On the other hand, the high beam unit 70 is an ADB. By switching on or switching off the light-emitting elements 12 individually in the high beam unit 70, a high beam region RH is split into the same number of regions as the light-emitting elements 12, and light can be projected selectively toward any region. For example, in the case in which ninety-six light-emitting elements 12 are arranged in a matrix configuration of four rows and twenty-four columns in the light-emitting device 1, the high beam region RH is split into four rows in the vertical direction and twenty-four columns in the horizontal direction for a total of ninety-six regions, and it can be selected whether or not to project light toward each region.

For example, in the example shown in FIG. 9, light is projected toward regions of the high beam region RH other than the rear window of a preceding vehicle 81. Light is projected toward regions other than the windshield of an oncoming vehicle 82. Reflected glare can be reduced by projecting dimmed light toward a sign 83. The existence of pedestrians 84 and 85 can be accentuated by irradiating an intense light toward the body parts without projecting light toward the heads of the pedestrians 84 and 85. Thereby, the visibility of the driver of the vehicle is improved without dazzling the driver of the preceding vehicle 81, the driver of the oncoming vehicle 82, and the pedestrians 84 and 85. The distant road also can be illuminated. The preceding vehicle 81, the oncoming vehicle 82, the sign 83, and the pedestrians 84 and 85 are recognized automatically by sensors.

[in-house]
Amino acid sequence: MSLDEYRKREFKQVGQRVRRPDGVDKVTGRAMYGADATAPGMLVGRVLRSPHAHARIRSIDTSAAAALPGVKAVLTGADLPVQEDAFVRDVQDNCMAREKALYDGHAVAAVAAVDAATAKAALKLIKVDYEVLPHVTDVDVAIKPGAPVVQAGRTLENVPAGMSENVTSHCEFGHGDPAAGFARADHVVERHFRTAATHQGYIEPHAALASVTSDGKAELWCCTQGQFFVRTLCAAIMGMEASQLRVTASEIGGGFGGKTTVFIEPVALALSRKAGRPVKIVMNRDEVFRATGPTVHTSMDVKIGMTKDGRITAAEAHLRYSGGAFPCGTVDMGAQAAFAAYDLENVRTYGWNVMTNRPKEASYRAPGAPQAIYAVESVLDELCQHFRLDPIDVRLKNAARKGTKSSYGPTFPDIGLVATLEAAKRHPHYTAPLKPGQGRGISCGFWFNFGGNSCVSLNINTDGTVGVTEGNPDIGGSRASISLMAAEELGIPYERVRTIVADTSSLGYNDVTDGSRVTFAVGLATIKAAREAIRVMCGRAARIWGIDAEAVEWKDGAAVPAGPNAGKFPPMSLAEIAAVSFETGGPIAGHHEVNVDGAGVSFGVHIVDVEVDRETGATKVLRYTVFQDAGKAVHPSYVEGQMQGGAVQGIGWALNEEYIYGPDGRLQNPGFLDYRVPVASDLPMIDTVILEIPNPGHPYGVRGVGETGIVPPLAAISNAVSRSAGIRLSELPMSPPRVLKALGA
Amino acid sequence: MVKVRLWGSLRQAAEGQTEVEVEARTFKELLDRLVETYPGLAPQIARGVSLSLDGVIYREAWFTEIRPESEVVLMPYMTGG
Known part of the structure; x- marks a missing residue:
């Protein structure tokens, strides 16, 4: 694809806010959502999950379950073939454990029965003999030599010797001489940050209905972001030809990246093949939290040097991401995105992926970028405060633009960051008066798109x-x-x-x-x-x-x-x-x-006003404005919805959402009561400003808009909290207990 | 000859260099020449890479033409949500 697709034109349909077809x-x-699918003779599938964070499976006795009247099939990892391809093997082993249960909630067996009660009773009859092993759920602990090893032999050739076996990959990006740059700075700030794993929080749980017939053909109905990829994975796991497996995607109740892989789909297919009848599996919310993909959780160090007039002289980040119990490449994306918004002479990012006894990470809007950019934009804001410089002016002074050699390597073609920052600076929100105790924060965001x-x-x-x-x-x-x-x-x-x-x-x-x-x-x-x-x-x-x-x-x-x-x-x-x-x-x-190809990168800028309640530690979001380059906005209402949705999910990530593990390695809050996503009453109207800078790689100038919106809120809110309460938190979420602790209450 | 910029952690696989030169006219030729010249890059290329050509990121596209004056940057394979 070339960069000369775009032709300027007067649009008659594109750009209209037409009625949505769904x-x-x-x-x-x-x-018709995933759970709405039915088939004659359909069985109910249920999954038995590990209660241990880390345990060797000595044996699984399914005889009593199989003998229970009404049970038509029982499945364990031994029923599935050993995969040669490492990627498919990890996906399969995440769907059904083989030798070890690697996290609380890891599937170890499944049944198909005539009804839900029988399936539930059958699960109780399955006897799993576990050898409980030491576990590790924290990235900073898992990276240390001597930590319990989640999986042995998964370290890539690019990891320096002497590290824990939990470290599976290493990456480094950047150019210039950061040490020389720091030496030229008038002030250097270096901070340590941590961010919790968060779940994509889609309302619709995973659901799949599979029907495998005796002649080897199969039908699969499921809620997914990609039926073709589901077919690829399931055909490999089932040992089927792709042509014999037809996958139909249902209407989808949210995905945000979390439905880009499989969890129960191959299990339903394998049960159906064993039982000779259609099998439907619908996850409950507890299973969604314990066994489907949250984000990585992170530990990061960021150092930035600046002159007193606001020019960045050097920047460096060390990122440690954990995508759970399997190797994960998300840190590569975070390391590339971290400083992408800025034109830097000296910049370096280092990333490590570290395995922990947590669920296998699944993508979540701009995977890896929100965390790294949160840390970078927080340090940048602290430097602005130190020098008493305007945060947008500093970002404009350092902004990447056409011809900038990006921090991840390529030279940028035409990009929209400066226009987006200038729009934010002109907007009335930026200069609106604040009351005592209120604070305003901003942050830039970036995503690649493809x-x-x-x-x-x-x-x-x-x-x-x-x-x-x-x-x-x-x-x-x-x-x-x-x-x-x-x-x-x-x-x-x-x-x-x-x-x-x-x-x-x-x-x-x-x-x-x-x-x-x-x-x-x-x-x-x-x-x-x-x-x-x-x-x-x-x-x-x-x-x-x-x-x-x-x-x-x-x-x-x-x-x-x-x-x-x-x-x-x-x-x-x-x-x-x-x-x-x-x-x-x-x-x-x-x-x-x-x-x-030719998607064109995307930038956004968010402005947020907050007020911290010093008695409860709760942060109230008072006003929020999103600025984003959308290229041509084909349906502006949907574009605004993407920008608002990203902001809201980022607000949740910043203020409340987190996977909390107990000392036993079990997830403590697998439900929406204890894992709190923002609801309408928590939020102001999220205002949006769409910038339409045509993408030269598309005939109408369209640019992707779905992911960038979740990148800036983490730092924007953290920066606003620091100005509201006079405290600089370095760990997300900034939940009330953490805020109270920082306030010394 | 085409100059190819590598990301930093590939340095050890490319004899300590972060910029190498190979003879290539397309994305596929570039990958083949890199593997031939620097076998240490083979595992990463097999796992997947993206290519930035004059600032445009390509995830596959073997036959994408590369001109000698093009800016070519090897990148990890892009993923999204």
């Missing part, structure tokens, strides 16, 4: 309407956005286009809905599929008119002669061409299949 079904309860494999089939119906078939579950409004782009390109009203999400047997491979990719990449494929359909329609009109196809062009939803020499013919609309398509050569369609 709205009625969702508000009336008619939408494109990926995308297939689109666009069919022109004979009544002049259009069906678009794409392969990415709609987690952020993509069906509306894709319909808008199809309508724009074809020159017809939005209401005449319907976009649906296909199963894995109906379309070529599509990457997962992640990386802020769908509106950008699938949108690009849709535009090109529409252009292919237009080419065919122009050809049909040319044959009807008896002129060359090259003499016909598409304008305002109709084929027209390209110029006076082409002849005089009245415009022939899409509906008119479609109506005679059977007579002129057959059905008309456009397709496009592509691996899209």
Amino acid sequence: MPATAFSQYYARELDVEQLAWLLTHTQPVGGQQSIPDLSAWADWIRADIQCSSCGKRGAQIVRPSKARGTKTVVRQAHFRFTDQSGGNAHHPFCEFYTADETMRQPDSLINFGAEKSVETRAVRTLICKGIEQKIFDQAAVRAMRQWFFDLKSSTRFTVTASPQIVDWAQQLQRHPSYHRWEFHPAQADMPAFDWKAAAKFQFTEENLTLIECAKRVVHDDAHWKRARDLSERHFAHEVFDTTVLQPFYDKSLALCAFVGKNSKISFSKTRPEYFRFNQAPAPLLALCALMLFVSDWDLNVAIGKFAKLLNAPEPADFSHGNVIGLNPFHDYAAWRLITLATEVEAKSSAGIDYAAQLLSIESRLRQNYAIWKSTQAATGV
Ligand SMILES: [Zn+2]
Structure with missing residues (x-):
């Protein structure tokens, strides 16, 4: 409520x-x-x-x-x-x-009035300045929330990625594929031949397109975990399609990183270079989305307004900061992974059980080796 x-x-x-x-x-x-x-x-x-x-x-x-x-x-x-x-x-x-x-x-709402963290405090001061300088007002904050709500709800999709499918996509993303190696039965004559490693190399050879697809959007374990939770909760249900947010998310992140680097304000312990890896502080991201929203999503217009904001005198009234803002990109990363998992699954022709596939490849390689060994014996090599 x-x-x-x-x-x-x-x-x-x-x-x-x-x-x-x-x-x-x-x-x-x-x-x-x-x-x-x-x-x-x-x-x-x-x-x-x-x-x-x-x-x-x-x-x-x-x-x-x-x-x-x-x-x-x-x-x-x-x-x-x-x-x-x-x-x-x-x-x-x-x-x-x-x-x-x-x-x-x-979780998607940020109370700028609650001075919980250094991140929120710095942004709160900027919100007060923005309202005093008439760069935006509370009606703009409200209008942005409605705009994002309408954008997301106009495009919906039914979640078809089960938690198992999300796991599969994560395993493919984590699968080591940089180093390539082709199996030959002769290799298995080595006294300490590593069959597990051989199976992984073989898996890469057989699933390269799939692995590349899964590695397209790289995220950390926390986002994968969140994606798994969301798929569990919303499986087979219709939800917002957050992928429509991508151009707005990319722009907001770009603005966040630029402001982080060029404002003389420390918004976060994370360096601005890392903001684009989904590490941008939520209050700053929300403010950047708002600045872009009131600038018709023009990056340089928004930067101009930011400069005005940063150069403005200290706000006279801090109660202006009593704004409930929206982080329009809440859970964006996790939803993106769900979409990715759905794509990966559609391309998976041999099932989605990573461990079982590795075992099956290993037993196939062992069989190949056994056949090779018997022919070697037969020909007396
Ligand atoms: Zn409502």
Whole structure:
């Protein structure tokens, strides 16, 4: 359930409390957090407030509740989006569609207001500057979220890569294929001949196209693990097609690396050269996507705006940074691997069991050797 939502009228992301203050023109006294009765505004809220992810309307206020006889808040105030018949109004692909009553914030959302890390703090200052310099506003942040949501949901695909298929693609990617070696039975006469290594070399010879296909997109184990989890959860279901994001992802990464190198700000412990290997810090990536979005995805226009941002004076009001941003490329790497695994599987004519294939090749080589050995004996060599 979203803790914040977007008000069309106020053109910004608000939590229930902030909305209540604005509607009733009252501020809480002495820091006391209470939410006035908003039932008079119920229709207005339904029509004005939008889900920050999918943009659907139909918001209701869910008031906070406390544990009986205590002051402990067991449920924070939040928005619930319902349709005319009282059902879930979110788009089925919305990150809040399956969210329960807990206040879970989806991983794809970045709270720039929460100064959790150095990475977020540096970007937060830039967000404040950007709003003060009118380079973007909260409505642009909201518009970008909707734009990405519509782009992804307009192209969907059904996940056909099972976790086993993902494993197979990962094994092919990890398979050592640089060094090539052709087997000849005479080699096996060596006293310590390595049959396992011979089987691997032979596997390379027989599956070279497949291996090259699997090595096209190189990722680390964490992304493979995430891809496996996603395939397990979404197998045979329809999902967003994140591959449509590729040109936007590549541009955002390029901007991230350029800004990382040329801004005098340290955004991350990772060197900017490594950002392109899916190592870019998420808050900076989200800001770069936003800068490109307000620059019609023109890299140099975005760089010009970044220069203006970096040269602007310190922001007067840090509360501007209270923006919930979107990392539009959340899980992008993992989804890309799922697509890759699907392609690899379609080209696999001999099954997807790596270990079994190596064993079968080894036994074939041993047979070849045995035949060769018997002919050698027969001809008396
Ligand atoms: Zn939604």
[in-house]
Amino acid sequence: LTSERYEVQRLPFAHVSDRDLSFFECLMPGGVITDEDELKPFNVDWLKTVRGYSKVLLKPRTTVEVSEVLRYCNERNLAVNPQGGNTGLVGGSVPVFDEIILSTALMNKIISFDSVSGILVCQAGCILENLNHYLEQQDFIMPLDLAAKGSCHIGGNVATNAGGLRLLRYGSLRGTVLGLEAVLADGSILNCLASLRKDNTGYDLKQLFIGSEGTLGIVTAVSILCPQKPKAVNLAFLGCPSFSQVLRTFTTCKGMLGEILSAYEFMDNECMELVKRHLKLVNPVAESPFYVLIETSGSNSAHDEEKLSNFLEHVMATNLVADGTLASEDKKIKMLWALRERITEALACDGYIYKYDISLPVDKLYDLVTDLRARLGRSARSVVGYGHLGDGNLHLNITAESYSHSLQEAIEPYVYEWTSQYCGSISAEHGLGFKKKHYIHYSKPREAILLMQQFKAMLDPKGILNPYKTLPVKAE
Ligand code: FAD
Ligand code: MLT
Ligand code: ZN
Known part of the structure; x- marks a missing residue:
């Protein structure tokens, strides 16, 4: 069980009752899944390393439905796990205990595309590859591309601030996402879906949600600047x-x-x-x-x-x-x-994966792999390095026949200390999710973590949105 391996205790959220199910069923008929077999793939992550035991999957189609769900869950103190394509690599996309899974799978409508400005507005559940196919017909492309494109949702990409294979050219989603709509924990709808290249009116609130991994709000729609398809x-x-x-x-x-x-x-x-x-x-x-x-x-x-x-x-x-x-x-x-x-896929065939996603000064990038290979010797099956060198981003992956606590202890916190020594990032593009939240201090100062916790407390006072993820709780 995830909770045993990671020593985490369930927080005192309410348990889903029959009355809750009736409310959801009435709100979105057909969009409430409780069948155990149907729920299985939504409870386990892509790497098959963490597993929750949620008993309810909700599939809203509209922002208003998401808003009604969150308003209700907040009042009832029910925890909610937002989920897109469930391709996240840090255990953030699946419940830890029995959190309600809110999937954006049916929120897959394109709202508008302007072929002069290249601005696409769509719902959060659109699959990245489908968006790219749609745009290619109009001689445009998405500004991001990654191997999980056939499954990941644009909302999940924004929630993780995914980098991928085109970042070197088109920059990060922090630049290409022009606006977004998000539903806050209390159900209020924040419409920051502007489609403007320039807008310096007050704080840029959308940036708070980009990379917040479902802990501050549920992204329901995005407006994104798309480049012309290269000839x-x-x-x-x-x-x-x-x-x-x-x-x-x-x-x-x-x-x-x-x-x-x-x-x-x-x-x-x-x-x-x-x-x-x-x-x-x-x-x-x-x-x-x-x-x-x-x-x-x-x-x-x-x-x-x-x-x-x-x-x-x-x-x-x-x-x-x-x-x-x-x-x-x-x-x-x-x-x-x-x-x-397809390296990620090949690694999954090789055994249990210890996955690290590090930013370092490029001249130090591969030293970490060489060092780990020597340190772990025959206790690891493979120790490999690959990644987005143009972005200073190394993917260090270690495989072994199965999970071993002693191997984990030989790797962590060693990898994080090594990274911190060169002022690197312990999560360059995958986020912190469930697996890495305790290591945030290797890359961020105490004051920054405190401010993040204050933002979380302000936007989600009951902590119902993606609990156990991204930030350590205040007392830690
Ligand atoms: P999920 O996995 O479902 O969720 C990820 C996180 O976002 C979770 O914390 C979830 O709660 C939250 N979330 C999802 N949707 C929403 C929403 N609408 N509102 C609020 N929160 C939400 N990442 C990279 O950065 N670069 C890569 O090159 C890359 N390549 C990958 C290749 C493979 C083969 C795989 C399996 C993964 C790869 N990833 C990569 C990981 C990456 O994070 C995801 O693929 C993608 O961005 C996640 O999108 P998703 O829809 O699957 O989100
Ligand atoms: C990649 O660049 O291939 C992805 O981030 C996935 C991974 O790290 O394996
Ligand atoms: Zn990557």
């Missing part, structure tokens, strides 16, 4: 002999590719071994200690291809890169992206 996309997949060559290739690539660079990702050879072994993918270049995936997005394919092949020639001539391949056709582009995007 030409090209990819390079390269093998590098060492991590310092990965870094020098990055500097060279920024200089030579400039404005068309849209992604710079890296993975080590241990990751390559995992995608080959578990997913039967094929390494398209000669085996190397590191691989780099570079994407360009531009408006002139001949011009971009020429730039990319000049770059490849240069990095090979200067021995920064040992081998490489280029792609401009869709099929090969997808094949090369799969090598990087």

Effects of the first embodiment will now be described.

In the first embodiment, the slurry material 50 that includes the phosphor particles 16 and polysilazane and does not include a resin material is made in the process shown in FIG. 5B, the slurry material 50 is sprayed onto the base body 51 in the process shown in FIG. 6, and the slurry material 50 is baked in the process shown in FIG. 7A. Thereby, the polysilazane that is included in the slurry material 50 is converted into silica. As shown in FIG. 3, the phosphor particles 16 are bonded to each other by the glass layer 17, and the air layer 18 is formed between the phosphor particles 16. As a result, as shown in FIG. 4, the propagation of the light through the phosphor layer 14 in the horizontal direction can be suppressed because the light is reflected at the interface between the air layer 18 and the glass layer 17. The contrast between the lit regions and the unlit regions of the light-emitting device 1 can be improved thereby.